In Latin America (LATAM), a financial malware named JanelaRAT has emerged as a significant threat, capable of extracting sensitive information from compromised Microsoft Windows systems. Recently, researchers have identified the malware’s operation and its strategic features.
JanelaRAT is specifically designed to target financial and cryptocurrency data within the LATAM region, focusing on bank and financial institutions. The malware employs sophisticated techniques to evade detection, such as abusing DLL side-loading methods sourced from legitimate software like VMWare and Microsoft. This evasion tactic allows JanelaRAT to bypass endpoint detection mechanisms effectively.
Although the initial infection vector remains undisclosed, experts discovered the campaign in June 2023. The attack begins with the delivery of a ZIP archive file containing a Visual Basic Script (VBScript) through an unknown method.
The VBScript plays a pivotal role by fetching a second ZIP archive from the attackers’ server. Additionally, the script drops a batch file that ensures the malware’s persistence on the compromised system. The secondary ZIP archive contains two components: the JanelaRAT payload and a legitimate executable, namely identity_helper.exe or vmnat.exe. The latter executable is employed to initiate the JanelaRAT payload via DLL side-loading.
JanelaRAT implements several advanced measures to evade detection, including string encryption and the ability to transition into an idle state when necessary. This assists the malware in evading analysis. Notably, JanelaRAT is a modified version of the BX RAT, originally discovered in 2014.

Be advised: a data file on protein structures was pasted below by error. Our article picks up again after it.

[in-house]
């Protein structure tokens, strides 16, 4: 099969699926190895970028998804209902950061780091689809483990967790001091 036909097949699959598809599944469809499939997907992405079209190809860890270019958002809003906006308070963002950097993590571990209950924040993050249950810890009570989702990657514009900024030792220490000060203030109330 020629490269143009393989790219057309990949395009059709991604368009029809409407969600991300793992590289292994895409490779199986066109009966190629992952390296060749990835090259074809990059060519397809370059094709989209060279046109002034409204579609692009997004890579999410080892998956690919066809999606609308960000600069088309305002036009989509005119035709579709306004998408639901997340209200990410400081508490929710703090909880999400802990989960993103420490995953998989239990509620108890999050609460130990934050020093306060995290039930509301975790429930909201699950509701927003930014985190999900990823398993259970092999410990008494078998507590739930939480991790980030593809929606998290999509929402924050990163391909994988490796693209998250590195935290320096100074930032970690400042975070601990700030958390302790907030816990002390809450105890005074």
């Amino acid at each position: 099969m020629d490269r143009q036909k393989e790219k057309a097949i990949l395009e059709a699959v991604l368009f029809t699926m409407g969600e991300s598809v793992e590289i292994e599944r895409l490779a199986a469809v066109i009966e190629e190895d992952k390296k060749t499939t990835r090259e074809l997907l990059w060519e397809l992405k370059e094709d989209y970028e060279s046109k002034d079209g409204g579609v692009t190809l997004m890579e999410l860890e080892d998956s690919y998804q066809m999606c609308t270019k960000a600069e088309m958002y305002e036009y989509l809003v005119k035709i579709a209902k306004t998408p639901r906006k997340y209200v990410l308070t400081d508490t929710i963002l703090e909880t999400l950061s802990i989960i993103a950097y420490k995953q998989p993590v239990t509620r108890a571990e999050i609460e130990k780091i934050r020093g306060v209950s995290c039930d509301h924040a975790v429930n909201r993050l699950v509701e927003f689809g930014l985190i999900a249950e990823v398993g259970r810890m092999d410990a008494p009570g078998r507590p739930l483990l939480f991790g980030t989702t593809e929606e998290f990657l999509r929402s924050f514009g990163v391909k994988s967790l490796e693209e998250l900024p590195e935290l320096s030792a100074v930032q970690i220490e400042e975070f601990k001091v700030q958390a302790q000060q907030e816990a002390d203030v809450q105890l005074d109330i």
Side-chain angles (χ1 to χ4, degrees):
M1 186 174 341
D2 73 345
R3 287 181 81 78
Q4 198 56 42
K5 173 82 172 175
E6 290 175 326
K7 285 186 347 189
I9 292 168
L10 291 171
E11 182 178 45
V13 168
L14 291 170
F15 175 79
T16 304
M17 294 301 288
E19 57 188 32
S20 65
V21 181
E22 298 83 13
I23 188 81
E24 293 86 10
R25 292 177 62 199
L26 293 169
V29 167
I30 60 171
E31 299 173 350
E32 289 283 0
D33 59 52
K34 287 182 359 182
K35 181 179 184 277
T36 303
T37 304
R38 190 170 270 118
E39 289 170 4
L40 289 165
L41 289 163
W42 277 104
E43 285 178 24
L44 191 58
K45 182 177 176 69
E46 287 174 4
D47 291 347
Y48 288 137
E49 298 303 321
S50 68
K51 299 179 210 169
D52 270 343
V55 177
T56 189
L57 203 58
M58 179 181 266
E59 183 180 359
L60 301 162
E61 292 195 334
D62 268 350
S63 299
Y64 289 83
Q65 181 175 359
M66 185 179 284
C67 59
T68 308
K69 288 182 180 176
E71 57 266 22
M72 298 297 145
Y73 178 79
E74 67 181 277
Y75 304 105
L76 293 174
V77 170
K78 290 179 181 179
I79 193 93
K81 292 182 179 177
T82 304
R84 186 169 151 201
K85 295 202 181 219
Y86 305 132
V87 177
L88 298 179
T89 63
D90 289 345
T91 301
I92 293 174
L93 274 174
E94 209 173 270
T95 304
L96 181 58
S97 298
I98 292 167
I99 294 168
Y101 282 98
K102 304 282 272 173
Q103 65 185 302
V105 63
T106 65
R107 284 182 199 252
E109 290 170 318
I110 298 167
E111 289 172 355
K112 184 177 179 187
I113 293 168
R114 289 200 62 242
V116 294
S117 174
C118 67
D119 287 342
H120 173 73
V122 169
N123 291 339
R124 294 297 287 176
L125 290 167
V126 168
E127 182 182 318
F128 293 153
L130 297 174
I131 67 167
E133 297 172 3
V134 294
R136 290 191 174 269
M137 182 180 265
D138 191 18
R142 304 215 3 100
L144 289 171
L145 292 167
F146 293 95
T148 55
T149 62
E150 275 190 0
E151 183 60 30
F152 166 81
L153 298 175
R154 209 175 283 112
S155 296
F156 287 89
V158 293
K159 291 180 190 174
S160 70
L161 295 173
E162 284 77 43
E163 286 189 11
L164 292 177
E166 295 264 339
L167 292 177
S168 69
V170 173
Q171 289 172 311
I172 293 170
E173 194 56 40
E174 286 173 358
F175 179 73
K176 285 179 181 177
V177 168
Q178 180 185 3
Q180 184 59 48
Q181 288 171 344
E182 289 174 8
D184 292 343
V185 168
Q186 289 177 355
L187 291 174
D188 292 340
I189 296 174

Among the updated features, JanelaRAT is capable of capturing windows titles, sending them to threat actors. Prior to this action, the newly infected host is registered with the command-and-control (C2) server. The malware further possesses functionalities to track mouse inputs, record keystrokes, capture screenshots, and collect system metadata.
Interestingly, JanelaRAT offers a subset of the features found in BX RAT. The developer excluded certain functionalities related to shell commands execution, as well as file and process manipulation.
An analysis of the malware’s source code revealed the presence of strings in Portuguese, indicating the author’s familiarity with the language. The connection to LATAM is reinforced by references to banking and decentralized finance organizations, as well as the origin of VBScript uploads to VirusTotal from Chile, Colombia, and Mexico.
Researchers emphasize that the use of original or modified Remote Access Trojans (RATs) is a common practice among threat actors in the LATAM region. The focus of JanelaRAT on harvesting LATAM financial data, along with its method of extracting window titles for transmission, underscores its targeted and covert nature.